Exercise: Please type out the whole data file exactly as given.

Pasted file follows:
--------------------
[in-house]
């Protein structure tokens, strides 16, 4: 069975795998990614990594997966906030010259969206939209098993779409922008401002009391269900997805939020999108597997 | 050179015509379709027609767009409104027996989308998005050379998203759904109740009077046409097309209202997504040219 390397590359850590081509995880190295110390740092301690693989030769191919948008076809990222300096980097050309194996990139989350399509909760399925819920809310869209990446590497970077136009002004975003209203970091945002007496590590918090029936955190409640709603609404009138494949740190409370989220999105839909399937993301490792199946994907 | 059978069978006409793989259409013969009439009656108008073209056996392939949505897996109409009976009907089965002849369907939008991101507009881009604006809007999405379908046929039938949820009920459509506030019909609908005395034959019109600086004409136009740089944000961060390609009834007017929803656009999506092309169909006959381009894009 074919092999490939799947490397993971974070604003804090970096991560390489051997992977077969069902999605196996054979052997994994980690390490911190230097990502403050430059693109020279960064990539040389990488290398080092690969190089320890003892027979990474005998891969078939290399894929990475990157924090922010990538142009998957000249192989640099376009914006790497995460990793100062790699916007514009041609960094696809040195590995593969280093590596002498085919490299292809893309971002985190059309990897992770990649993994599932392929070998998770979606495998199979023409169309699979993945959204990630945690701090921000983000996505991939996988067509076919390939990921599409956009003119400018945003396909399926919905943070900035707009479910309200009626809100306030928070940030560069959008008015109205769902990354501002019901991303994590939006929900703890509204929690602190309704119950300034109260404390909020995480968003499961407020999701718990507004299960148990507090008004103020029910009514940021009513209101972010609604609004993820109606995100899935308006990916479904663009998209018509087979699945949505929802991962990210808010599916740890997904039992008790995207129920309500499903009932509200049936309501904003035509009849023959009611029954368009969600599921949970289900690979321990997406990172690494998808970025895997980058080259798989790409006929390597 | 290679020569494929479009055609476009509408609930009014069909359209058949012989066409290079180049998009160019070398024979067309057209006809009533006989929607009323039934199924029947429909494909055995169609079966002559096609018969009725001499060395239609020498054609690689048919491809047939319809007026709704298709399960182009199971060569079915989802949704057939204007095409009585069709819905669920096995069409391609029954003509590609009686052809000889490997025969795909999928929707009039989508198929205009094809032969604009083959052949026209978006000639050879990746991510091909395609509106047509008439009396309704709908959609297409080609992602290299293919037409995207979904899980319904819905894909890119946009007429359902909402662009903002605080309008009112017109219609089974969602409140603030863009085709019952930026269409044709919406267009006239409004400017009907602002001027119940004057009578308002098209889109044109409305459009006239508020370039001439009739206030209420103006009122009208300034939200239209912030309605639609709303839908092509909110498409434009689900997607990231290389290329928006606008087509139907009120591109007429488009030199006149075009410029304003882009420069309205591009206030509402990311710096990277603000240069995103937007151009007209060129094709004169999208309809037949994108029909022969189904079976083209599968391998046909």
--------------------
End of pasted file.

[in-house]
């Protein structure tokens, strides 16, 4: 069975795998990614990594997966906030010259969206939209098993779409922008401002009391269900997805939020999108597997 | 050179015509379709027609767009409104027996989308998005050379998203759904109740009077046409097309209202997504040219 390397590359850590081509995880190295110390740092301690693989030769191919948008076809990222300096980097050309194996990139989350399509909760399925819920809310869209990446590497970077136009002004975003209203970091945002007496590590918090029936955190409640709603609404009138494949740190409370989220999105839909399937993301490792199946994907 | 059978069978006409793989259409013969009439009656108008073209056996392939949505897996109409009976009907089965002849369907939008991101507009881009604006809007999405379908046929039938949820009920459509506030019909609908005395034959019109600086004409136009740089944000961060390609009834007017929803656009999506092309169909006959381009894009 074919092999490939799947490397993971974070604003804090970096991560390489051997992977077969069902999605196996054979052997994994980690390490911190230097990502403050430059693109020279960064990539040389990488290398080092690969190089320890003892027979990474005998891969078939290399894929990475990157924090922010990538142009998957000249192989640099376009914006790497995460990793100062790699916007514009041609960094696809040195590995593969280093590596002498085919490299292809893309971002985190059309990897992770990649993994599932392929070998998770979606495998199979023409169309699979993945959204990630945690701090921000983000996505991939996988067509076919390939990921599409956009003119400018945003396909399926919905943070900035707009479910309200009626809100306030928070940030560069959008008015109205769902990354501002019901991303994590939006929900703890509204929690602190309704119950300034109260404390909020995480968003499961407020999701718990507004299960148990507090008004103020029910009514940021009513209101972010609604609004993820109606995100899935308006990916479904663009998209018509087979699945949505929802991962990210808010599916740890997904039992008790995207129920309500499903009932509200049936309501904003035509009849023959009611029954368009969600599921949970289900690979321990997406990172690494998808970025895997980058080259798989790409006929390597 | 290679020569494929479009055609476009509408609930009014069909359209058949012989066409290079180049998009160019070398024979067309057209006809009533006989929607009323039934199924029947429909494909055995169609079966002559096609018969009725001499060395239609020498054609690689048919491809047939319809007026709704298709399960182009199971060569079915989802949704057939204007095409009585069709819905669920096995069409391609029954003509590609009686052809000889490997025969795909999928929707009039989508198929205009094809032969604009083959052949026209978006000639050879990746991510091909395609509106047509008439009396309704709908959609297409080609992602290299293919037409995207979904899980319904819905894909890119946009007429359902909402662009903002605080309008009112017109219609089974969602409140603030863009085709019952930026269409044709919406267009006239409004400017009907602002001027119940004057009578308002098209889109044109409305459009006239508020370039001439009739206030209420103006009122009208300034939200239209912030309605639609709303839908092509909110498409434009689900997607990231290389290329928006606008087509139907009120591109007429488009030199006149075009410029304003882009420069309205591009206030509402990311710096990277603000240069995103937007151009007209060129094709004169999208309809037949994108029909022969189904079976083209599968391998046909």